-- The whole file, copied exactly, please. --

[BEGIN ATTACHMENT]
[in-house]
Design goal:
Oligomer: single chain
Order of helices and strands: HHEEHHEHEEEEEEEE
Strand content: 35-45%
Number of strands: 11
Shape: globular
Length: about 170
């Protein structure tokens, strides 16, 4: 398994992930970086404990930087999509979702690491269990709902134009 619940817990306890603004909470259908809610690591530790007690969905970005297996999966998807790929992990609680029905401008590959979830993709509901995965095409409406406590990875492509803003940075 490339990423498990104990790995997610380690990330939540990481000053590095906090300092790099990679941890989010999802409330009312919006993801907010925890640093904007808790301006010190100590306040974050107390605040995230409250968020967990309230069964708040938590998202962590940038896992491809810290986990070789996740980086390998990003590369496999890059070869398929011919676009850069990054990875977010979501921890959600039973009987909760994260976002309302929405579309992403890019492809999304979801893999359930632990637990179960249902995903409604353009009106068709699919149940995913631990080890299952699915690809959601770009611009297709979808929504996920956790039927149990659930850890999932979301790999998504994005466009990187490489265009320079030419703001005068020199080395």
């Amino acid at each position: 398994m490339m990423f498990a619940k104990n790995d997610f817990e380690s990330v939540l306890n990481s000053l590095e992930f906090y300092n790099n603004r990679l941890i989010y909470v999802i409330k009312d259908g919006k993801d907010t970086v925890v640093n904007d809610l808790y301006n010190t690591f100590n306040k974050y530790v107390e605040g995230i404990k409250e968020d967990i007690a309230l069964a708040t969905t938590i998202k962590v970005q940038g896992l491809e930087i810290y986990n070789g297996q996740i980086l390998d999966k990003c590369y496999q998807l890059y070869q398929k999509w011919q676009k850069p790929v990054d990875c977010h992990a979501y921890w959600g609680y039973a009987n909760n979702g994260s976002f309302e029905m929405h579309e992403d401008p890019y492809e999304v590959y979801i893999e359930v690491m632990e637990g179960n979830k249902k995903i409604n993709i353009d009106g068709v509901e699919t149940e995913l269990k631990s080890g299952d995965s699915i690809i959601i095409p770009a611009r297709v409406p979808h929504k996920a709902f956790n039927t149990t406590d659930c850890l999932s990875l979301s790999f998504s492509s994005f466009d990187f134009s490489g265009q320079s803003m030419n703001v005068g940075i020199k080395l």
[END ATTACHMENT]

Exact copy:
[in-house]
Design goal:
Oligomer: single chain
Order of helices and strands: HHEEHHEHEEEEEEEE
Strand content: 35-45%
Number of strands: 11
Shape: globular
Length: about 170
């Protein structure tokens, strides 16, 4: 398994992930970086404990930087999509979702690491269990709902134009 619940817990306890603004909470259908809610690591530790007690969905970005297996999966998807790929992990609680029905401008590959979830993709509901995965095409409406406590990875492509803003940075 490339990423498990104990790995997610380690990330939540990481000053590095906090300092790099990679941890989010999802409330009312919006993801907010925890640093904007808790301006010190100590306040974050107390605040995230409250968020967990309230069964708040938590998202962590940038896992491809810290986990070789996740980086390998990003590369496999890059070869398929011919676009850069990054990875977010979501921890959600039973009987909760994260976002309302929405579309992403890019492809999304979801893999359930632990637990179960249902995903409604353009009106068709699919149940995913631990080890299952699915690809959601770009611009297709979808929504996920956790039927149990659930850890999932979301790999998504994005466009990187490489265009320079030419703001005068020199080395």
């Amino acid at each position: 398994m490339m990423f498990a619940k104990n790995d997610f817990e380690s990330v939540l306890n990481s000053l590095e992930f906090y300092n790099n603004r990679l941890i989010y909470v999802i409330k009312d259908g919006k993801d907010t970086v925890v640093n904007d809610l808790y301006n010190t690591f100590n306040k974050y530790v107390e605040g995230i404990k409250e968020d967990i007690a309230l069964a708040t969905t938590i998202k962590v970005q940038g896992l491809e930087i810290y986990n070789g297996q996740i980086l390998d999966k990003c590369y496999q998807l890059y070869q398929k999509w011919q676009k850069p790929v990054d990875c977010h992990a979501y921890w959600g609680y039973a009987n909760n979702g994260s976002f309302e029905m929405h579309e992403d401008p890019y492809e999304v590959y979801i893999e359930v690491m632990e637990g179960n979830k249902k995903i409604n993709i353009d009106g068709v509901e699919t149940e995913l269990k631990s080890g299952d995965s699915i690809i959601i095409p770009a611009r297709v409406p979808h929504k996920a709902f956790n039927t149990t406590d659930c850890l999932s990875l979301s790999f998504s492509s994005f466009d990187f134009s490489g265009q320079s803003m030419n703001v005068g940075i020199k080395l």